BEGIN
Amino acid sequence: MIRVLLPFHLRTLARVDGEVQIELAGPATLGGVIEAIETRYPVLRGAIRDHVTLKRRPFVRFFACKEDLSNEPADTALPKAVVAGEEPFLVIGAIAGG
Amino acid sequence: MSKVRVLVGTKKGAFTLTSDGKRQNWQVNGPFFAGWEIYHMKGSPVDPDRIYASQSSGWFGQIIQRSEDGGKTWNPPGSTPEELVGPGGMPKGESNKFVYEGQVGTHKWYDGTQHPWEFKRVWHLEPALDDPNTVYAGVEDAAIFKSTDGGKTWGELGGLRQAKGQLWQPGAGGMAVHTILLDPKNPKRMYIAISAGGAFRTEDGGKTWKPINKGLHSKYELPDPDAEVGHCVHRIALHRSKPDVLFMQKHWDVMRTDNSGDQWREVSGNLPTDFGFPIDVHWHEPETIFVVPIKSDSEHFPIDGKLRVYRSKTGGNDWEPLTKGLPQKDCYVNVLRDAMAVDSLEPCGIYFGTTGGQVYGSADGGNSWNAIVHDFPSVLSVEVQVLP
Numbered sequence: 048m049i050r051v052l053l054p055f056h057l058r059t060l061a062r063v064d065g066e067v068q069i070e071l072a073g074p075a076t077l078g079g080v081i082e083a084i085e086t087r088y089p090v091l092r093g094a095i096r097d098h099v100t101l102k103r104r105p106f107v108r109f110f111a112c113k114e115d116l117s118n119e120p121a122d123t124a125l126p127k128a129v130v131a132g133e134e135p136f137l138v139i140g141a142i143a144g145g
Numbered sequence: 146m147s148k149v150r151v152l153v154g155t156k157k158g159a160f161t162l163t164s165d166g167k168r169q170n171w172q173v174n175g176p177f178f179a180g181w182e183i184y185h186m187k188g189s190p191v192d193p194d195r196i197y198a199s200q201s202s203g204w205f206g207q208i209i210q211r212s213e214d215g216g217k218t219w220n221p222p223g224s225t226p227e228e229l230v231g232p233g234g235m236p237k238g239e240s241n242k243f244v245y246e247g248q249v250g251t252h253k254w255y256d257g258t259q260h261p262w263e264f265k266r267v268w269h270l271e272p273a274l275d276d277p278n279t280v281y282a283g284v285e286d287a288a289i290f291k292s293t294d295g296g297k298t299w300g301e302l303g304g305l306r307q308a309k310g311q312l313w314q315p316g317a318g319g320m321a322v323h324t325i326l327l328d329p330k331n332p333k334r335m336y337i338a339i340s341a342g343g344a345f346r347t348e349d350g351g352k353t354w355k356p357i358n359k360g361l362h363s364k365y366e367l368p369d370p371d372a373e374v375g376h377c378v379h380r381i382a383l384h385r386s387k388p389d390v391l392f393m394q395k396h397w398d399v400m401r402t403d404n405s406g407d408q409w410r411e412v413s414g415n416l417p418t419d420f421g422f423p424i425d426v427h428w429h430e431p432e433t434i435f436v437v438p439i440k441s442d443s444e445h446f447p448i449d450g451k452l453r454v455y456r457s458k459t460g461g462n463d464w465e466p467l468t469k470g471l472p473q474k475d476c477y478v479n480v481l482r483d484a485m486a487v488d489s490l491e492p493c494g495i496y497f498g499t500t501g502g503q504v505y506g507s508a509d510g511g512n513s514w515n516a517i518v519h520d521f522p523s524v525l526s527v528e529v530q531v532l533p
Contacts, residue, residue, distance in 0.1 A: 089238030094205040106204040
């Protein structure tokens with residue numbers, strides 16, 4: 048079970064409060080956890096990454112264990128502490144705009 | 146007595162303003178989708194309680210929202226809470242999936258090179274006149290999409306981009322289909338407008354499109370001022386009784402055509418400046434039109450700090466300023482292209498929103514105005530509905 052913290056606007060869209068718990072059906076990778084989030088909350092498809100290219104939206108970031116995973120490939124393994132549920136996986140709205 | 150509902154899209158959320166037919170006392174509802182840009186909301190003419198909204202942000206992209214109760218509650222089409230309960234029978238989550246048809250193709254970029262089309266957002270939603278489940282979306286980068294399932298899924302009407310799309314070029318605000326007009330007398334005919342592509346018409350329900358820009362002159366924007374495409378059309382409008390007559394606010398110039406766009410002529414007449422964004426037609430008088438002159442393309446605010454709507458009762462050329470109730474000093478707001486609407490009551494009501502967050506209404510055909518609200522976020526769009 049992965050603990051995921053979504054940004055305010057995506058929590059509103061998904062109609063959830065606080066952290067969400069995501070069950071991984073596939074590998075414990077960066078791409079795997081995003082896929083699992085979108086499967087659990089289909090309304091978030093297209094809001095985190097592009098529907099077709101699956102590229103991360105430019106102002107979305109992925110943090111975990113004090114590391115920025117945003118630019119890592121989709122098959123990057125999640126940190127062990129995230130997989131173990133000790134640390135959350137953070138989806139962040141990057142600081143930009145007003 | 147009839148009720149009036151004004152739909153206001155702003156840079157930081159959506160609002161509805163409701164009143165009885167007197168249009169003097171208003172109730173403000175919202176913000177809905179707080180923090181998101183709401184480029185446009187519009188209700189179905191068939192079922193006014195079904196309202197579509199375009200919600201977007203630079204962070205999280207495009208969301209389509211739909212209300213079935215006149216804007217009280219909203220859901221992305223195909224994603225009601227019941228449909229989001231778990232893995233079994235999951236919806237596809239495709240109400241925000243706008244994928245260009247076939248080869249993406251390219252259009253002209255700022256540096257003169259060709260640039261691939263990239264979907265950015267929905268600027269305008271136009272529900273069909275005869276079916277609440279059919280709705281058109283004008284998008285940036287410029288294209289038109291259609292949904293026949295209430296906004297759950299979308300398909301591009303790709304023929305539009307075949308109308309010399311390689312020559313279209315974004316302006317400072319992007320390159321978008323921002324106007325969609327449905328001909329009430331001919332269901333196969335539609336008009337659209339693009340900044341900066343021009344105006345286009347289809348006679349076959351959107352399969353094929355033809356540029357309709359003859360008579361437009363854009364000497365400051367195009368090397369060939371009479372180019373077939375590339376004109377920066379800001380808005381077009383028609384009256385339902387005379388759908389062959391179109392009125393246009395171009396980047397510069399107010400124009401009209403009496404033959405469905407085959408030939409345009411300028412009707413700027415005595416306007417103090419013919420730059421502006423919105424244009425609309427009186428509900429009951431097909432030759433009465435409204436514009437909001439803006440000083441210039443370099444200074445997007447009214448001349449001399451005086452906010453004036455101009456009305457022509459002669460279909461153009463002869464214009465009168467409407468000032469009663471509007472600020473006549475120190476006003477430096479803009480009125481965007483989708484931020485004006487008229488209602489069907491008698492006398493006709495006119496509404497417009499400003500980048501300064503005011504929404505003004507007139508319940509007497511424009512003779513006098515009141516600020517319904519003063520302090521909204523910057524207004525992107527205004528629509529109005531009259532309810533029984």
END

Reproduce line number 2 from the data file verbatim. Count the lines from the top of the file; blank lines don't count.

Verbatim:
Amino acid sequence: MSKVRVLVGTKKGAFTLTSDGKRQNWQVNGPFFAGWEIYHMKGSPVDPDRIYASQSSGWFGQIIQRSEDGGKTWNPPGSTPEELVGPGGMPKGESNKFVYEGQVGTHKWYDGTQHPWEFKRVWHLEPALDDPNTVYAGVEDAAIFKSTDGGKTWGELGGLRQAKGQLWQPGAGGMAVHTILLDPKNPKRMYIAISAGGAFRTEDGGKTWKPINKGLHSKYELPDPDAEVGHCVHRIALHRSKPDVLFMQKHWDVMRTDNSGDQWREVSGNLPTDFGFPIDVHWHEPETIFVVPIKSDSEHFPIDGKLRVYRSKTGGNDWEPLTKGLPQKDCYVNVLRDAMAVDSLEPCGIYFGTTGGQVYGSADGGNSWNAIVHDFPSVLSVEVQVLP